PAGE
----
If you’re following the SuppVersity news, you may remember a post from Wednesday in which I outlined that it is no wonder people fail to lose the weight they intend to, because they try to achieve this weight loss by having soup or, you guessed it, finally doing what the mainstream nutrition experts’ cookie-cutter approaches suggest and.. have breakfast, every day. What actually happens to those who fall for the epidemiological bullsh*t science that’s trying to extrapolate causal relationships from observational (often unreliable) data has now been demonstrated by a group of US scientists. Believe it or not, Gabrielle Marie LeCheminant et al. are the first researchers to actually experimentally investigated how starting to have breakfast voluntarily will affect your energy intake and weight trajectory.
What? No, the other studies you may have read did not focus on the aforementioned group of people who believe they were doing themselves a favor if they started having breakfast regularly.
That’s people like the forty-nine female nonhabitual breakfast-eaters who were randomized to one of two conditions: breakfast or no breakfast for 4 weeks.
- breakfast eaters ate at least 15% of their daily energy requirement before 8:30 a.m
- non-breakfast eaters did not consume any energy until after 11:30 a.m.
Weight and body fat were assessed at baseline and after four weeks of intervention. Body fat was measured by dual-energy x-ray absorptiometry (DXA). Participants completed seven 24-hour recalls to assess dietary intake during the intervention. Physical activity was measured by accelerometry for 32 consecutive days.
Figure 1: Participant flow diagram (LeCheminant. 2017).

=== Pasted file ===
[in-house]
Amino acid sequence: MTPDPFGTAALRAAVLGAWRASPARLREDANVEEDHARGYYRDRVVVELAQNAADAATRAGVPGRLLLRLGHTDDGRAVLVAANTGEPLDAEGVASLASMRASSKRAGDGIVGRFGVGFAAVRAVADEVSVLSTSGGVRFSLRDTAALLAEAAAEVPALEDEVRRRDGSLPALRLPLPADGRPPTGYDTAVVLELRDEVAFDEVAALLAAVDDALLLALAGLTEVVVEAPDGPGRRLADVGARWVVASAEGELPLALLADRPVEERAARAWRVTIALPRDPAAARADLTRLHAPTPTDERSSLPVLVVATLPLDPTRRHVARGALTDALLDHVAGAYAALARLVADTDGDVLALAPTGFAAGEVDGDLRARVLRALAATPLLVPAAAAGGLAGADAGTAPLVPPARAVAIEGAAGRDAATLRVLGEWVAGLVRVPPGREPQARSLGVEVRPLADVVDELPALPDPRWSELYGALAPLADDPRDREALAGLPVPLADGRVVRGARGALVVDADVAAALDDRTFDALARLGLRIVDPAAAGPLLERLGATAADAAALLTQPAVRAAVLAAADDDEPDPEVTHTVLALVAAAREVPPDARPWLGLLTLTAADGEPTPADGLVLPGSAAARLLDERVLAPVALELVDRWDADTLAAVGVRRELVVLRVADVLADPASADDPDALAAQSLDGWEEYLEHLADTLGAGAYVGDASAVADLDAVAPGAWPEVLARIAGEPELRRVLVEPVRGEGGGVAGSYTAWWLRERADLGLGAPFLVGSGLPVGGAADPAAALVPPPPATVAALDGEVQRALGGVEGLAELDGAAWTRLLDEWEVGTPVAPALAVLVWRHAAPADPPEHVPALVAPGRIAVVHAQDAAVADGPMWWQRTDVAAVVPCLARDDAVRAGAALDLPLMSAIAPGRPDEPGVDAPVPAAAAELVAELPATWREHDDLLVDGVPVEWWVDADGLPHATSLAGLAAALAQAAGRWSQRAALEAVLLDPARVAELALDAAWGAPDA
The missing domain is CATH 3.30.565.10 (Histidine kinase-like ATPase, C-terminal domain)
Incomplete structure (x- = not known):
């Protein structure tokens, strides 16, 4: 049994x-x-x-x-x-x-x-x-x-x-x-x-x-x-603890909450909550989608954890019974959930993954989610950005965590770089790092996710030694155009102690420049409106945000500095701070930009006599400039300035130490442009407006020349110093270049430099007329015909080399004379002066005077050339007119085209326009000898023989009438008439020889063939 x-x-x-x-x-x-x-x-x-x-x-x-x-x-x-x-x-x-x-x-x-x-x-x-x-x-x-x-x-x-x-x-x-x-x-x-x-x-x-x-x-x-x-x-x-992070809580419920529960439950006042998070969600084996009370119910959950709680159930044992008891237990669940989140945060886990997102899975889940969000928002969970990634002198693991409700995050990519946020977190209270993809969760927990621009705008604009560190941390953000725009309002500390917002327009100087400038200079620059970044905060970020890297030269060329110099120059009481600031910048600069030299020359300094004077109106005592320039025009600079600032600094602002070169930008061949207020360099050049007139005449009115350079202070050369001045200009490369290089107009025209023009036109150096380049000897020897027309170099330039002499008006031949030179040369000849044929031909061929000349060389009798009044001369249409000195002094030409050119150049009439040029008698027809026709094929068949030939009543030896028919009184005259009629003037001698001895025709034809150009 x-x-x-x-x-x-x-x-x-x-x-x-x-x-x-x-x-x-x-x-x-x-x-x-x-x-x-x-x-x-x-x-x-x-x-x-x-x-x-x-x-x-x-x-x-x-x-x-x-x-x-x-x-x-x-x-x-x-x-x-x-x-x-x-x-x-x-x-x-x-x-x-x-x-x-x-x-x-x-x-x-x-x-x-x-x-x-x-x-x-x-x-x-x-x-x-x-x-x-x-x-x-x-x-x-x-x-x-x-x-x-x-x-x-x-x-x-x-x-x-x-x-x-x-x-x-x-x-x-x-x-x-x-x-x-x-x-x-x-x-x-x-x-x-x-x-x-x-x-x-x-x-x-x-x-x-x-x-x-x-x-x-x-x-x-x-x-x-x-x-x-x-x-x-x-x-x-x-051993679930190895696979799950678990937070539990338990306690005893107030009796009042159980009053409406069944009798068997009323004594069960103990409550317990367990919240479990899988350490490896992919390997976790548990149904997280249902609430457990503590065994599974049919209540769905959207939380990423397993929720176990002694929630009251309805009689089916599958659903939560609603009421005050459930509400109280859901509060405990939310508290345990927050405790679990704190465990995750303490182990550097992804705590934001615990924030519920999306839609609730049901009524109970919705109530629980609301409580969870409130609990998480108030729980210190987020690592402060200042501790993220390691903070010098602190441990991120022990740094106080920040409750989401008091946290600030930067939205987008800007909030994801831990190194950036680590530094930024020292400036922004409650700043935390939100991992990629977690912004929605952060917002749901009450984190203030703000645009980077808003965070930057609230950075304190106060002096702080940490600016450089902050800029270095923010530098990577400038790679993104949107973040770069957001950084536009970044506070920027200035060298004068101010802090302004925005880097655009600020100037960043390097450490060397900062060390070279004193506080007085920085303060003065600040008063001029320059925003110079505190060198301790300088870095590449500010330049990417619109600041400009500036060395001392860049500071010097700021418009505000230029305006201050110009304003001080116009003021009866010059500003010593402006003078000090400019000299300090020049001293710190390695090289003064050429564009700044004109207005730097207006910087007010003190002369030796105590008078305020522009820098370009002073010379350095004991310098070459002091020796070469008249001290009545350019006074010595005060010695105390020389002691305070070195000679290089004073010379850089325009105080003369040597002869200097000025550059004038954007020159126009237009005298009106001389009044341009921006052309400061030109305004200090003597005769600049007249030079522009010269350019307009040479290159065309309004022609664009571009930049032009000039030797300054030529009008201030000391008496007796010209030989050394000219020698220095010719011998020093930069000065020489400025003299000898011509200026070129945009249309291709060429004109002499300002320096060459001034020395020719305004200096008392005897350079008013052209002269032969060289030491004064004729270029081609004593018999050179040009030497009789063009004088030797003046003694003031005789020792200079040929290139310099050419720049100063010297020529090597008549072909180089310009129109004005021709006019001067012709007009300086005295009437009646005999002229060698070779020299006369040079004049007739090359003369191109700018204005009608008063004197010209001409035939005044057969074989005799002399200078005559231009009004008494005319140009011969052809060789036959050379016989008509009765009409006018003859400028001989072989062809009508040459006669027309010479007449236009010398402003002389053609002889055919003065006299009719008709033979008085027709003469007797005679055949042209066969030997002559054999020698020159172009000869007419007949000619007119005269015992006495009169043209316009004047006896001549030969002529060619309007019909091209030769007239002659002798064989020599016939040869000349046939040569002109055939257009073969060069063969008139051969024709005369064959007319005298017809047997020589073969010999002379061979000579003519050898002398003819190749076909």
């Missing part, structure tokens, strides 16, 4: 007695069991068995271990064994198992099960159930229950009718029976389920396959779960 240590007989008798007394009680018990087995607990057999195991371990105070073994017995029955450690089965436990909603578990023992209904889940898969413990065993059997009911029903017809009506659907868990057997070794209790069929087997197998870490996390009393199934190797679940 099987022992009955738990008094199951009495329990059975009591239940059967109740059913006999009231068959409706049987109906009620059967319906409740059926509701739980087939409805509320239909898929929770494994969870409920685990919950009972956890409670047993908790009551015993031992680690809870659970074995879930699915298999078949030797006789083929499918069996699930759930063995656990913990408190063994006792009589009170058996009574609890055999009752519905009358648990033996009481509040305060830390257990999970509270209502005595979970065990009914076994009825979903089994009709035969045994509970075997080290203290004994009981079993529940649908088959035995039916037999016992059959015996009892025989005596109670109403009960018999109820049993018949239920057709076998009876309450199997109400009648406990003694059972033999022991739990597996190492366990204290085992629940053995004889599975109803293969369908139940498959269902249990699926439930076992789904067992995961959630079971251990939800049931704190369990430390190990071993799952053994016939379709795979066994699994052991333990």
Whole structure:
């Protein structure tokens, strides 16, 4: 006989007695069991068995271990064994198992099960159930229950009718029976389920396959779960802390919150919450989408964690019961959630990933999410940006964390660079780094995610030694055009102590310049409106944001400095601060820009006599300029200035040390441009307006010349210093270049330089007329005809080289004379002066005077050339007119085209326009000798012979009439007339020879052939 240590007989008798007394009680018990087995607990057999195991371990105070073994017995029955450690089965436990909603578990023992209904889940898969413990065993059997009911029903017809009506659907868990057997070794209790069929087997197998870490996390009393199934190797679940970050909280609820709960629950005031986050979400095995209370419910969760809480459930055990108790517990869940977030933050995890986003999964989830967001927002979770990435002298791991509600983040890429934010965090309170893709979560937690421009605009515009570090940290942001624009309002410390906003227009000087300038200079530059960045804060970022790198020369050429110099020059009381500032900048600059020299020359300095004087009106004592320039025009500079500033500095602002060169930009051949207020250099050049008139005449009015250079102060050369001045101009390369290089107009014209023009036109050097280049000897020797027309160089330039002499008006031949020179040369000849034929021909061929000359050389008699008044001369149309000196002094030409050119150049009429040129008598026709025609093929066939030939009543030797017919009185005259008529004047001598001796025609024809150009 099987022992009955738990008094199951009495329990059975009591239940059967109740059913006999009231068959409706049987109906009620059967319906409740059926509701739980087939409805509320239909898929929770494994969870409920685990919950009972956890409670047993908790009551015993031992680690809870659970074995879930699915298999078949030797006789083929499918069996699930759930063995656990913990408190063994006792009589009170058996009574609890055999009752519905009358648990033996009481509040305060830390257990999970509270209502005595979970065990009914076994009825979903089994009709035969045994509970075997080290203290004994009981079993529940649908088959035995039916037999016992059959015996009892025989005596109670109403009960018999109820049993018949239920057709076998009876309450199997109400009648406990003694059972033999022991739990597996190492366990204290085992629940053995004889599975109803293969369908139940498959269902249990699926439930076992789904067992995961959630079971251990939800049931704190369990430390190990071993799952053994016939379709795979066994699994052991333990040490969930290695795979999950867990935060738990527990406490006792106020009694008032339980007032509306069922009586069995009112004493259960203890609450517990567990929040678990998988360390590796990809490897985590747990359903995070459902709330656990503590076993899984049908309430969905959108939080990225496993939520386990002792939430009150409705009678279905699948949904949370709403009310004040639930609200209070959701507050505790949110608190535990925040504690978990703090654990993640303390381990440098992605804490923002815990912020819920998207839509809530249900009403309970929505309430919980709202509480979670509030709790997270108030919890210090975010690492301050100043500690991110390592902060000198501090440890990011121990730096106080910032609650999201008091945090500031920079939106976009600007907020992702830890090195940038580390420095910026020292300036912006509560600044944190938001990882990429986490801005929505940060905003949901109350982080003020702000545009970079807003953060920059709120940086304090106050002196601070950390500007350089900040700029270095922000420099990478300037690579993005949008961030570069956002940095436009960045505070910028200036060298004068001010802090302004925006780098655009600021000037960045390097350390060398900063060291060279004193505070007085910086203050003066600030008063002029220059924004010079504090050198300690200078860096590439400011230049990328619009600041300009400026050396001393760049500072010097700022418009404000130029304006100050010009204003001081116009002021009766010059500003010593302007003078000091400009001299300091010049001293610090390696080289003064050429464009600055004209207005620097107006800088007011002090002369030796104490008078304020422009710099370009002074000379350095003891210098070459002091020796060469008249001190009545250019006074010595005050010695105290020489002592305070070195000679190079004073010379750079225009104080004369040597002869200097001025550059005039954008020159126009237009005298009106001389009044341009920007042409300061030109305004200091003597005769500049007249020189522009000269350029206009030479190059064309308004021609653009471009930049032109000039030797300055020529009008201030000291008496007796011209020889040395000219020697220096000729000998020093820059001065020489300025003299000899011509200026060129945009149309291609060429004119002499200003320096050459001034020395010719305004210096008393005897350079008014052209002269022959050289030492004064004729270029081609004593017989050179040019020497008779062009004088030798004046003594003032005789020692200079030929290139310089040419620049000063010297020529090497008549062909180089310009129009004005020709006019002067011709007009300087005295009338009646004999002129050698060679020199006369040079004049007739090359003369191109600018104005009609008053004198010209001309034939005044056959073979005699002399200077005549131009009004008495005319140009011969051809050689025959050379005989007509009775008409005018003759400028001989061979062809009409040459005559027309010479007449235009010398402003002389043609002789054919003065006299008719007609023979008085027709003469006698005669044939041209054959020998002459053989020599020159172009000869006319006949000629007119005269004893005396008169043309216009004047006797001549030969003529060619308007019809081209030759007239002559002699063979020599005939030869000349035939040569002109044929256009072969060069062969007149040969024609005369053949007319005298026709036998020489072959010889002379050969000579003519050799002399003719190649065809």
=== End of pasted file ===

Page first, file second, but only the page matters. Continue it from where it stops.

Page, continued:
As you, as a SuppVersity reader, know the addition of breakfast did not magically resolve any of the medically irrelevant weight problems of the normal-weight pre-menopausal female subjects. On the opposite: On average, the participants randomized to eat breakfast consumed 266 ± 496 (F = 12.81; P < 0.01) more calories per day over the course of the study and weighed 0.7 ± 0.8 kg (F = 7.81; p < 0.01) more at the end of the intervention than their “intermittently fasting” peers.
Figure 1: Rel. change (% baseline) in energy and macronutrient intake during the study (LeCheminant. 2017).
How come? Well, as you probably also expected, there was no caloric compensation in form of reduced energy intake on subsequent meals. So let’s recap:
- significantly increased energy intake and significant weight gain of which 83% are body fat,
- a significantly increased intake of carbohydrates (with people gravitating to cornflakes & co. much sugar),
- no change in self-reported hunger or satiety, and
- no increase in physical activity and/or decrease in sedentary time that would help compensate the increased energy intake due to having breakfast (see Table 1),
- a practically irrelevant subjective increase in energy before the lunch-break
So, practically speaking: Everything people who criticize the notion that “everyone should have breakfast” argue against this overgeneralizing bogus advice happened; and that’s in total opposition to the alleged benefits the mainstream promotes, of which none was observed.
But Dr. Oz says… Yes, you can argue that the benefits take their time to surface, but in view of the fact that this is not the first convincing study to show that you better stick to your habitual breakfast habits instead of shoveling down a (in many cases) sugary (!) breakfast when you’re not hungry.
No idea, what I am talking about? Well, review my 2015 article “Latest Study on ‘Breakfast Skipping’ Finds: Whether Skipping Breakfast Increases Insulin, Hunger, and Blood Lipids Depends on One’s Breakfast Habits” (read the full 2015 article) to learn more about the ill-health-consequences of force-feeding yourself or others in the AM.
If you’re a breakfast eater, on the other hand, don’t stop what you’re doing and exchange your (hopefully non-cereal-junk breakfast) for a latte or cappuccino, which is – what I guess – where many of the 66.8kcal in the non-breakfast group came from (see Table 1). You may, after all, share the same problem one of the dropouts had: you could be too physically active (in your job or due to your training schedule) to skip breakfast | Do you have breakfast habitually? Let me know.!
LeCheminant, et al. “A randomized controlled trial to study the effects of breakfast on energy intake, physical activity, and body fat in women who are nonhabitual breakfast eaters.” Appetite – Available online 4 January 2017, in press, accepted manuscript